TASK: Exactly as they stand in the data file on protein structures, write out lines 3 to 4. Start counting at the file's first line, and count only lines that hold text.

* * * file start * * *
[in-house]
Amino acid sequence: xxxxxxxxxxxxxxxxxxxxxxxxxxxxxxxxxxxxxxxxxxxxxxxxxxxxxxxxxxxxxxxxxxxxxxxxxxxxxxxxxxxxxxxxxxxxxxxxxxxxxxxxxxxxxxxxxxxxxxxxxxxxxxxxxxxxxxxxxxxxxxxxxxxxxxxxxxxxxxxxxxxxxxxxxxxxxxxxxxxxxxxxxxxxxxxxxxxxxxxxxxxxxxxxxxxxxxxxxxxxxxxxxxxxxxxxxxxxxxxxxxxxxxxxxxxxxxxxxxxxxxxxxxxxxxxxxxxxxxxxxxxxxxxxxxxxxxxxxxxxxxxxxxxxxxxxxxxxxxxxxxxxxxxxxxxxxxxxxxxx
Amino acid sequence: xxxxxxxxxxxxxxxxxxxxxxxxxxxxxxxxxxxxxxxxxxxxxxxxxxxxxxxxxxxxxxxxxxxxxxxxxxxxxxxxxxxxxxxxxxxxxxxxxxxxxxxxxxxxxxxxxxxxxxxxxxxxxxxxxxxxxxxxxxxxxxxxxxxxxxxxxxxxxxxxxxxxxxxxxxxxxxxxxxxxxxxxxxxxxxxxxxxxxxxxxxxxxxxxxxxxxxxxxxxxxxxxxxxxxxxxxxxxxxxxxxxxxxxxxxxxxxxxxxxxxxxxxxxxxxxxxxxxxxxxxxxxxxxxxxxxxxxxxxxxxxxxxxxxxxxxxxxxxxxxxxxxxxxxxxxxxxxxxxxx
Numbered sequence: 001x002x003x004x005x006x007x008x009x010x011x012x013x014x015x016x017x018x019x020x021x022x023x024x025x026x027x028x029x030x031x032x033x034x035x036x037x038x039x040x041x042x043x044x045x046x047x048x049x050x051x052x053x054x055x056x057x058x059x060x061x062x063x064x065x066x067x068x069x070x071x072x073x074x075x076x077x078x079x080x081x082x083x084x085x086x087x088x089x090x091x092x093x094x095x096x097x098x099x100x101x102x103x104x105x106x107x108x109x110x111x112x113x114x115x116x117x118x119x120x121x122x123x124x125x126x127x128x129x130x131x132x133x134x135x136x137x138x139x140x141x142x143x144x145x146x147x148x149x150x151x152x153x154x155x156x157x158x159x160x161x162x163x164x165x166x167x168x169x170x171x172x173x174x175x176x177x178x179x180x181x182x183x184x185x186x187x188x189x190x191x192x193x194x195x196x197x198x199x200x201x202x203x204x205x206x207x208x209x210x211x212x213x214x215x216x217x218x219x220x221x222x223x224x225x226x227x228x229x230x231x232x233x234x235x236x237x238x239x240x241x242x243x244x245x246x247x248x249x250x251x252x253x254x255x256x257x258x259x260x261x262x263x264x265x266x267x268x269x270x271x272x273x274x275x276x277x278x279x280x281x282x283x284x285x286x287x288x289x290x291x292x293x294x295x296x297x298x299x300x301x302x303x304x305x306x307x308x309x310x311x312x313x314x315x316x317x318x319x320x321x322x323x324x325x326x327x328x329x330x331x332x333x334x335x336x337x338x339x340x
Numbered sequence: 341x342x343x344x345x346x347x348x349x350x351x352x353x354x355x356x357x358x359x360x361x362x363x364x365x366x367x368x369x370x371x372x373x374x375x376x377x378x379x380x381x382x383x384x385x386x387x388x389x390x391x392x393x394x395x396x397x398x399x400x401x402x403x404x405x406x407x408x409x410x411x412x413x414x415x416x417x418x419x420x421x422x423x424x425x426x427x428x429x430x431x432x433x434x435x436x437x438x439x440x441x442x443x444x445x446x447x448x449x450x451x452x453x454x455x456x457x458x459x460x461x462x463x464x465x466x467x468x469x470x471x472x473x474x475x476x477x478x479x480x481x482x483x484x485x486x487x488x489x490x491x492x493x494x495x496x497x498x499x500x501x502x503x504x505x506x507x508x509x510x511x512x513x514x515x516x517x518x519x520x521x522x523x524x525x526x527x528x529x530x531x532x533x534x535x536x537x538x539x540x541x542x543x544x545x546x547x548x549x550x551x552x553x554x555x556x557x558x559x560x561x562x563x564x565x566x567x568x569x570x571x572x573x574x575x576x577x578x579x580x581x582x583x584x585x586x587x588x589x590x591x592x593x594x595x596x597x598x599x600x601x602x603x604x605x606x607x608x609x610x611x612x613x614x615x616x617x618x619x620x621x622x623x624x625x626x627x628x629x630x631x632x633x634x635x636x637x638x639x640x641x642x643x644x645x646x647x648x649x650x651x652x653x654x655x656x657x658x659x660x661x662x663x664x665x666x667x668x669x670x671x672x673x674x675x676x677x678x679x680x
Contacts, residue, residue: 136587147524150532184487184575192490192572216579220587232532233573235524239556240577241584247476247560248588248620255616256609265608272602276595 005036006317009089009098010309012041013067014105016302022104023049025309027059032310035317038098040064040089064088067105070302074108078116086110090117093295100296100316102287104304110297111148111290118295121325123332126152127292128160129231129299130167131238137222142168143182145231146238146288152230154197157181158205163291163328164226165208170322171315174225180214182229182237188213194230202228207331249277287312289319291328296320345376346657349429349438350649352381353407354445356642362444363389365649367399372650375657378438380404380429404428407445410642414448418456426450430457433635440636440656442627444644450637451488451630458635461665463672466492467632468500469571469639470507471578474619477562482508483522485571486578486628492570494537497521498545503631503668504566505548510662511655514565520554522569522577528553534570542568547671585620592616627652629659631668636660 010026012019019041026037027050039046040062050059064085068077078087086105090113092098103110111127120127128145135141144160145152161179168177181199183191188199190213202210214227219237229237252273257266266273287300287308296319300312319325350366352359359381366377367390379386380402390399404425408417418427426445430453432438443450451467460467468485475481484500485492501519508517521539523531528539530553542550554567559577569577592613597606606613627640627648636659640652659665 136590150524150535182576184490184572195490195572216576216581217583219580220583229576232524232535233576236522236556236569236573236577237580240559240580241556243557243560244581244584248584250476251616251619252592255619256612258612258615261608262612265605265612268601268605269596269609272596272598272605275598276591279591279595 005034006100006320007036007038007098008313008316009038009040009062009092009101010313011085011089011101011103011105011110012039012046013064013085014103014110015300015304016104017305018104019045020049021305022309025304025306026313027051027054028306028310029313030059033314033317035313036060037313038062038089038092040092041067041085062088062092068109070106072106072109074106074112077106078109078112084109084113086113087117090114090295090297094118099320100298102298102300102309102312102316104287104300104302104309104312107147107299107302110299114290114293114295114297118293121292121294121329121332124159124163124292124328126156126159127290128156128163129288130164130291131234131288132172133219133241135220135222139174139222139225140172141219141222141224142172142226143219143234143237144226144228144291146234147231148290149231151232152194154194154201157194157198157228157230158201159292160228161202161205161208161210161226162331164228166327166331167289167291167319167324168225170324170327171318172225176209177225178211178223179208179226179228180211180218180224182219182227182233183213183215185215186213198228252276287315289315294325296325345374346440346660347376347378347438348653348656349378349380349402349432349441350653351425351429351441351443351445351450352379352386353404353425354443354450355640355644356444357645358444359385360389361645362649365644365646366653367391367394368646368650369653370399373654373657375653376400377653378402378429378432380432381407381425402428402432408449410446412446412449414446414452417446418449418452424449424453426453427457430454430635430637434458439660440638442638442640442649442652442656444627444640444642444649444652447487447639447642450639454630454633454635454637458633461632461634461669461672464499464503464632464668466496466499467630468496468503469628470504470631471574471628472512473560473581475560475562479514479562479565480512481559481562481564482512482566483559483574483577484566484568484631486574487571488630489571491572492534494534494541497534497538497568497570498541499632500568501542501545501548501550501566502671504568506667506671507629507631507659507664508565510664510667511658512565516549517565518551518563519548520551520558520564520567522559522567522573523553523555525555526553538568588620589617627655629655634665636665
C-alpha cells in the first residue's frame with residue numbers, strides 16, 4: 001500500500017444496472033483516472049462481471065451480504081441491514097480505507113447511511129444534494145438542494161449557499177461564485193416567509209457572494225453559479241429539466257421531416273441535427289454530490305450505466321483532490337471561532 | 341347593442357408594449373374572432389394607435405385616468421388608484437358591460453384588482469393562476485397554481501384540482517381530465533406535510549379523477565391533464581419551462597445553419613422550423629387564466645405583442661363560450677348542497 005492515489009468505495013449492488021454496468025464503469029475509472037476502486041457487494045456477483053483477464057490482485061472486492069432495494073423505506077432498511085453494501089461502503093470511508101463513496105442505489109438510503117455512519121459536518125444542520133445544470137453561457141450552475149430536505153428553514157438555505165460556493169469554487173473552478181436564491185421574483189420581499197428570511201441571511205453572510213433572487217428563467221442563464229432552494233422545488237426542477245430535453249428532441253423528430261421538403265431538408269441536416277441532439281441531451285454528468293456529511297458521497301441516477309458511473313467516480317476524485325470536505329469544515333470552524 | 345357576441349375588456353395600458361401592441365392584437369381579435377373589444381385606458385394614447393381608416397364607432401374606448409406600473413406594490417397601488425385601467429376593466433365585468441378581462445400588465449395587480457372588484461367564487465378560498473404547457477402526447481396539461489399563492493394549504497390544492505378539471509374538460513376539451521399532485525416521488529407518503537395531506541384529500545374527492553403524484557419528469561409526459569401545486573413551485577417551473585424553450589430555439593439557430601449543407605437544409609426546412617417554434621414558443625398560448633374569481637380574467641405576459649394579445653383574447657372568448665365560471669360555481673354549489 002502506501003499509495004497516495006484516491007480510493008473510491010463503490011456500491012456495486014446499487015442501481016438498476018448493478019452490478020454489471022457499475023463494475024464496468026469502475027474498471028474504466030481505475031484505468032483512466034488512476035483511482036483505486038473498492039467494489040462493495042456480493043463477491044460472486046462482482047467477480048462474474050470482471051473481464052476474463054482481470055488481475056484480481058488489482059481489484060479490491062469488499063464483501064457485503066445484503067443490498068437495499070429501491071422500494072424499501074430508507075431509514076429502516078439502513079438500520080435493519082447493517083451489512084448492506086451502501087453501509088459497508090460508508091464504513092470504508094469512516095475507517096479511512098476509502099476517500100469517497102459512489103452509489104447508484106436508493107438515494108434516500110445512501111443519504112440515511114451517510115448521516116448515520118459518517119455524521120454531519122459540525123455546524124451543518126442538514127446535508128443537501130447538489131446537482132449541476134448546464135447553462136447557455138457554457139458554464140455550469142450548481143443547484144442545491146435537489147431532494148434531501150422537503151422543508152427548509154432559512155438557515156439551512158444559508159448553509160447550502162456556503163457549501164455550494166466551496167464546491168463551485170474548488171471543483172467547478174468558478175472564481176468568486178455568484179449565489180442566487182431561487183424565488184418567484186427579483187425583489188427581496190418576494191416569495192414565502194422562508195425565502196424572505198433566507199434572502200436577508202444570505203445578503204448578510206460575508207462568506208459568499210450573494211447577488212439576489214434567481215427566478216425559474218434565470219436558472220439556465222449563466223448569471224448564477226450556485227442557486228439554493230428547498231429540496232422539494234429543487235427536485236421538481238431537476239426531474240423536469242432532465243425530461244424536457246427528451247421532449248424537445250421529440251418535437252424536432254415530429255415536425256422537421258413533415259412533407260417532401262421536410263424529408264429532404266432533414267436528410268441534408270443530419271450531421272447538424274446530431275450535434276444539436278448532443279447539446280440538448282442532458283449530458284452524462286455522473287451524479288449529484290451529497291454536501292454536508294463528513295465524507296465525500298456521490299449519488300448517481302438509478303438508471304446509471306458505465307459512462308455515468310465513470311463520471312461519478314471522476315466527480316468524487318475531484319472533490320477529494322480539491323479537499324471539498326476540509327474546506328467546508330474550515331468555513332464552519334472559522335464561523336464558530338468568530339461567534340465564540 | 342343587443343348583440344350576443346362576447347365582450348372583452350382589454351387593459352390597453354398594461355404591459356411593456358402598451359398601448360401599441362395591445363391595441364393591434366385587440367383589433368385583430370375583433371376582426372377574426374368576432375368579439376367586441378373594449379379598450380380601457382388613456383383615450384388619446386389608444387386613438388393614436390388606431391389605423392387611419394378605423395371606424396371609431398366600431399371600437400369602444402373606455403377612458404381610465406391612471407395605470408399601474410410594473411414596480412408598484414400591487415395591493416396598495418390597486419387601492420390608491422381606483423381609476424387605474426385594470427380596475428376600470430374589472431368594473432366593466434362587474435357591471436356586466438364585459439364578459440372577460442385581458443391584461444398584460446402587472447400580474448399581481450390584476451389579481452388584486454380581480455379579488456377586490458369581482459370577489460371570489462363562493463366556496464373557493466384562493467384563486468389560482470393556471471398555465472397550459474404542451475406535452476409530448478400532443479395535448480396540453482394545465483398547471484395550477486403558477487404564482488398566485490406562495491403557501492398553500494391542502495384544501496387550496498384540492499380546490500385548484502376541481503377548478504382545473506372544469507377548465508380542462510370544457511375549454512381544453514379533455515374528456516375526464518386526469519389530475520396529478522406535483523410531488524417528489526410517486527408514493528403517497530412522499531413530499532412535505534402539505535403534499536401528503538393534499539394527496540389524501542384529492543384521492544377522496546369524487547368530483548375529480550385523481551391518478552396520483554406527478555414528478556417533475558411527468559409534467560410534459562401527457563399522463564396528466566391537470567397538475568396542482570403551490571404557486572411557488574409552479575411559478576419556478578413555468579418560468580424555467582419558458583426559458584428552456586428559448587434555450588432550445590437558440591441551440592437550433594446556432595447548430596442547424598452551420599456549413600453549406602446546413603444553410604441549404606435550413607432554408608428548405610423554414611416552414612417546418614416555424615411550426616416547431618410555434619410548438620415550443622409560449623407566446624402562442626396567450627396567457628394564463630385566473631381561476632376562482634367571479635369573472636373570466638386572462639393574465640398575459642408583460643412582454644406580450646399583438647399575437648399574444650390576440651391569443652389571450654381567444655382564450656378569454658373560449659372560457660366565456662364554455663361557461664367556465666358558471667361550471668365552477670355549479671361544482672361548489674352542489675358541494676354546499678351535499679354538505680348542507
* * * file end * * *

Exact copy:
Amino acid sequence: xxxxxxxxxxxxxxxxxxxxxxxxxxxxxxxxxxxxxxxxxxxxxxxxxxxxxxxxxxxxxxxxxxxxxxxxxxxxxxxxxxxxxxxxxxxxxxxxxxxxxxxxxxxxxxxxxxxxxxxxxxxxxxxxxxxxxxxxxxxxxxxxxxxxxxxxxxxxxxxxxxxxxxxxxxxxxxxxxxxxxxxxxxxxxxxxxxxxxxxxxxxxxxxxxxxxxxxxxxxxxxxxxxxxxxxxxxxxxxxxxxxxxxxxxxxxxxxxxxxxxxxxxxxxxxxxxxxxxxxxxxxxxxxxxxxxxxxxxxxxxxxxxxxxxxxxxxxxxxxxxxxxxxxxxxxxxxxxxxxx
Numbered sequence: 001x002x003x004x005x006x007x008x009x010x011x012x013x014x015x016x017x018x019x020x021x022x023x024x025x026x027x028x029x030x031x032x033x034x035x036x037x038x039x040x041x042x043x044x045x046x047x048x049x050x051x052x053x054x055x056x057x058x059x060x061x062x063x064x065x066x067x068x069x070x071x072x073x074x075x076x077x078x079x080x081x082x083x084x085x086x087x088x089x090x091x092x093x094x095x096x097x098x099x100x101x102x103x104x105x106x107x108x109x110x111x112x113x114x115x116x117x118x119x120x121x122x123x124x125x126x127x128x129x130x131x132x133x134x135x136x137x138x139x140x141x142x143x144x145x146x147x148x149x150x151x152x153x154x155x156x157x158x159x160x161x162x163x164x165x166x167x168x169x170x171x172x173x174x175x176x177x178x179x180x181x182x183x184x185x186x187x188x189x190x191x192x193x194x195x196x197x198x199x200x201x202x203x204x205x206x207x208x209x210x211x212x213x214x215x216x217x218x219x220x221x222x223x224x225x226x227x228x229x230x231x232x233x234x235x236x237x238x239x240x241x242x243x244x245x246x247x248x249x250x251x252x253x254x255x256x257x258x259x260x261x262x263x264x265x266x267x268x269x270x271x272x273x274x275x276x277x278x279x280x281x282x283x284x285x286x287x288x289x290x291x292x293x294x295x296x297x298x299x300x301x302x303x304x305x306x307x308x309x310x311x312x313x314x315x316x317x318x319x320x321x322x323x324x325x326x327x328x329x330x331x332x333x334x335x336x337x338x339x340x